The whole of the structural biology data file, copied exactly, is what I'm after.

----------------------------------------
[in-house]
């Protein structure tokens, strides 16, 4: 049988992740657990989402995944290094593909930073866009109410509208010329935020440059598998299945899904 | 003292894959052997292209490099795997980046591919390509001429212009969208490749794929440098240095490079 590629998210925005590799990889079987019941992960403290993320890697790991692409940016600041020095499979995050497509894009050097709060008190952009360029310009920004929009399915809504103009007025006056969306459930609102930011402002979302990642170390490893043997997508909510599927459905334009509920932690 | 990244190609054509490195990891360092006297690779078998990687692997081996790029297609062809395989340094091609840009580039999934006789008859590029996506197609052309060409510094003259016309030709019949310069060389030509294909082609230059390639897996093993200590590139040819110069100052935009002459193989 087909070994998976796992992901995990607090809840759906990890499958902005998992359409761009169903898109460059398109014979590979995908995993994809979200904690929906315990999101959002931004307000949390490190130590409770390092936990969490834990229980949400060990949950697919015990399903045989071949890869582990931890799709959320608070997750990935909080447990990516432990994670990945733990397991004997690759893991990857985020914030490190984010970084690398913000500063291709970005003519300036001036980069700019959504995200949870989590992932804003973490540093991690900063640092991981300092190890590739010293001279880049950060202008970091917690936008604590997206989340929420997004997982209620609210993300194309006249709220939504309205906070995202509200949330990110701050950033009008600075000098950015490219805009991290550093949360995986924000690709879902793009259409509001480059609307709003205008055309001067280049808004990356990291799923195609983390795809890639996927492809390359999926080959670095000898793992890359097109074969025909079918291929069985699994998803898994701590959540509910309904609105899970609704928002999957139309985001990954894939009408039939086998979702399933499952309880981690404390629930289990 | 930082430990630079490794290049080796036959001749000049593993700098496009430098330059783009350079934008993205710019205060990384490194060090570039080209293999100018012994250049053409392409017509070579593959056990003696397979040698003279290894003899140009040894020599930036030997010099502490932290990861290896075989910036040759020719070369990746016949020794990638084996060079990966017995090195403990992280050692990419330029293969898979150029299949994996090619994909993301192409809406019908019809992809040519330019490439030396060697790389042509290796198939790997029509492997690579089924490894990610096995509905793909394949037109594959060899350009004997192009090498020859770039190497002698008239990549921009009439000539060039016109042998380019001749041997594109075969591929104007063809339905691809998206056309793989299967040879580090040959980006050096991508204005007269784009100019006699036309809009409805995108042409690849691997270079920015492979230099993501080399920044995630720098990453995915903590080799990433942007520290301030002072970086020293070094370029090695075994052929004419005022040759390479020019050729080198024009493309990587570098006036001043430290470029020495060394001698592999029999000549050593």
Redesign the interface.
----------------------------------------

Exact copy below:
[in-house]
């Protein structure tokens, strides 16, 4: 049988992740657990989402995944290094593909930073866009109410509208010329935020440059598998299945899904 | 003292894959052997292209490099795997980046591919390509001429212009969208490749794929440098240095490079 590629998210925005590799990889079987019941992960403290993320890697790991692409940016600041020095499979995050497509894009050097709060008190952009360029310009920004929009399915809504103009007025006056969306459930609102930011402002979302990642170390490893043997997508909510599927459905334009509920932690 | 990244190609054509490195990891360092006297690779078998990687692997081996790029297609062809395989340094091609840009580039999934006789008859590029996506197609052309060409510094003259016309030709019949310069060389030509294909082609230059390639897996093993200590590139040819110069100052935009002459193989 087909070994998976796992992901995990607090809840759906990890499958902005998992359409761009169903898109460059398109014979590979995908995993994809979200904690929906315990999101959002931004307000949390490190130590409770390092936990969490834990229980949400060990949950697919015990399903045989071949890869582990931890799709959320608070997750990935909080447990990516432990994670990945733990397991004997690759893991990857985020914030490190984010970084690398913000500063291709970005003519300036001036980069700019959504995200949870989590992932804003973490540093991690900063640092991981300092190890590739010293001279880049950060202008970091917690936008604590997206989340929420997004997982209620609210993300194309006249709220939504309205906070995202509200949330990110701050950033009008600075000098950015490219805009991290550093949360995986924000690709879902793009259409509001480059609307709003205008055309001067280049808004990356990291799923195609983390795809890639996927492809390359999926080959670095000898793992890359097109074969025909079918291929069985699994998803898994701590959540509910309904609105899970609704928002999957139309985001990954894939009408039939086998979702399933499952309880981690404390629930289990 | 930082430990630079490794290049080796036959001749000049593993700098496009430098330059783009350079934008993205710019205060990384490194060090570039080209293999100018012994250049053409392409017509070579593959056990003696397979040698003279290894003899140009040894020599930036030997010099502490932290990861290896075989910036040759020719070369990746016949020794990638084996060079990966017995090195403990992280050692990419330029293969898979150029299949994996090619994909993301192409809406019908019809992809040519330019490439030396060697790389042509290796198939790997029509492997690579089924490894990610096995509905793909394949037109594959060899350009004997192009090498020859770039190497002698008239990549921009009439000539060039016109042998380019001749041997594109075969591929104007063809339905691809998206056309793989299967040879580090040959980006050096991508204005007269784009100019006699036309809009409805995108042409690849691997270079920015492979230099993501080399920044995630720098990453995915903590080799990433942007520290301030002072970086020293070094370029090695075994052929004419005022040759390479020019050729080198024009493309990587570098006036001043430290470029020495060394001698592999029999000549050593």
Redesign the interface.